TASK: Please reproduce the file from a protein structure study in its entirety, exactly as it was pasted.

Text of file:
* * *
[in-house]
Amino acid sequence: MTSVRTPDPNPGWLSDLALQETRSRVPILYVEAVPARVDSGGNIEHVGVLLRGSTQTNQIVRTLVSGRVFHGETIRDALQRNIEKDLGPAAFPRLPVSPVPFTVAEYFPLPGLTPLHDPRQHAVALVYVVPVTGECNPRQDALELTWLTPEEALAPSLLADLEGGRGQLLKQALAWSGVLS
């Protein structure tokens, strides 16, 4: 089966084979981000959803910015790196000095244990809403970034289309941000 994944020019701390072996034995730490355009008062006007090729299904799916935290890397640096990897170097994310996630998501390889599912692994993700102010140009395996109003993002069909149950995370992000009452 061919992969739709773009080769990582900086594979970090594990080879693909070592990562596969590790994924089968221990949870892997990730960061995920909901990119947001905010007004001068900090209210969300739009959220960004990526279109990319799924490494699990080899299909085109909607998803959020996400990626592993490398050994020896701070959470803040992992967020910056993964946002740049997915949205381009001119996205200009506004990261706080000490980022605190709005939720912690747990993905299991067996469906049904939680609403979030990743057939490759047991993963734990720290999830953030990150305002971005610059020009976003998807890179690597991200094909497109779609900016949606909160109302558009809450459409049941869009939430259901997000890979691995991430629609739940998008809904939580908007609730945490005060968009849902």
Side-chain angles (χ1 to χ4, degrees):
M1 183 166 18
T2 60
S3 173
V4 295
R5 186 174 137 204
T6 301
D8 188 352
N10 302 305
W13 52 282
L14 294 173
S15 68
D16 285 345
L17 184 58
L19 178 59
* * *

[in-house]
Amino acid sequence: MTSVRTPDPNPGWLSDLALQETRSRVPILYVEAVPARVDSGGNIEHVGVLLRGSTQTNQIVRTLVSGRVFHGETIRDALQRNIEKDLGPAAFPRLPVSPVPFTVAEYFPLPGLTPLHDPRQHAVALVYVVPVTGECNPRQDALELTWLTPEEALAPSLLADLEGGRGQLLKQALAWSGVLS
């Protein structure tokens, strides 16, 4: 089966084979981000959803910015790196000095244990809403970034289309941000 994944020019701390072996034995730490355009008062006007090729299904799916935290890397640096990897170097994310996630998501390889599912692994993700102010140009395996109003993002069909149950995370992000009452 061919992969739709773009080769990582900086594979970090594990080879693909070592990562596969590790994924089968221990949870892997990730960061995920909901990119947001905010007004001068900090209210969300739009959220960004990526279109990319799924490494699990080899299909085109909607998803959020996400990626592993490398050994020896701070959470803040992992967020910056993964946002740049997915949205381009001119996205200009506004990261706080000490980022605190709005939720912690747990993905299991067996469906049904939680609403979030990743057939490759047991993963734990720290999830953030990150305002971005610059020009976003998807890179690597991200094909497109779609900016949606909160109302558009809450459409049941869009939430259901997000890979691995991430629609739940998008809904939580908007609730945490005060968009849902």
Side-chain angles (χ1 to χ4, degrees):
M1 183 166 18
T2 60
S3 173
V4 295
R5 186 174 137 204
T6 301
D8 188 352
N10 302 305
W13 52 282
L14 294 173
S15 68
D16 285 345
L17 184 58
L19 178 59